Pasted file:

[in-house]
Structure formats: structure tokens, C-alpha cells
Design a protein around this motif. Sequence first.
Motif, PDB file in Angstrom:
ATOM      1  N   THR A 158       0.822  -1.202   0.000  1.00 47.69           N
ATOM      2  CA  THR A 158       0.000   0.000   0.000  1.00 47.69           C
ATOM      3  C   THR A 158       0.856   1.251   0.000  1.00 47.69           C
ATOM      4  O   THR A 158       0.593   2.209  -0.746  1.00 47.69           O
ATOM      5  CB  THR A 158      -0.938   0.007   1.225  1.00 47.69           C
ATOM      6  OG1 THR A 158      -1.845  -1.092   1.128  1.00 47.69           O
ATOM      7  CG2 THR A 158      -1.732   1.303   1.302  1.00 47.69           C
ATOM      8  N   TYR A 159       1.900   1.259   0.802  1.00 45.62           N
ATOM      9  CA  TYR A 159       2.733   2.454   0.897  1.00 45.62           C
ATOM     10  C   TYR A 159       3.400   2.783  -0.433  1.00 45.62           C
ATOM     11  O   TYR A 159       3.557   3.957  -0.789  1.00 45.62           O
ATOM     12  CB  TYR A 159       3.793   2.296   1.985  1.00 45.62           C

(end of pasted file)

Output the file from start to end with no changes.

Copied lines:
[in-house]
Structure formats: structure tokens, C-alpha cells
Design a protein around this motif. Sequence first.
Motif, PDB file in Angstrom:
ATOM      1  N   THR A 158       0.822  -1.202   0.000  1.00 47.69           N
ATOM      2  CA  THR A 158       0.000   0.000   0.000  1.00 47.69           C
ATOM      3  C   THR A 158       0.856   1.251   0.000  1.00 47.69           C
ATOM      4  O   THR A 158       0.593   2.209  -0.746  1.00 47.69           O
ATOM      5  CB  THR A 158      -0.938   0.007   1.225  1.00 47.69           C
ATOM      6  OG1 THR A 158      -1.845  -1.092   1.128  1.00 47.69           O
ATOM      7  CG2 THR A 158      -1.732   1.303   1.302  1.00 47.69           C
ATOM      8  N   TYR A 159       1.900   1.259   0.802  1.00 45.62           N
ATOM      9  CA  TYR A 159       2.733   2.454   0.897  1.00 45.62           C
ATOM     10  C   TYR A 159       3.400   2.783  -0.433  1.00 45.62           C
ATOM     11  O   TYR A 159       3.557   3.957  -0.789  1.00 45.62           O
ATOM     12  CB  TYR A 159       3.793   2.296   1.985  1.00 45.62           C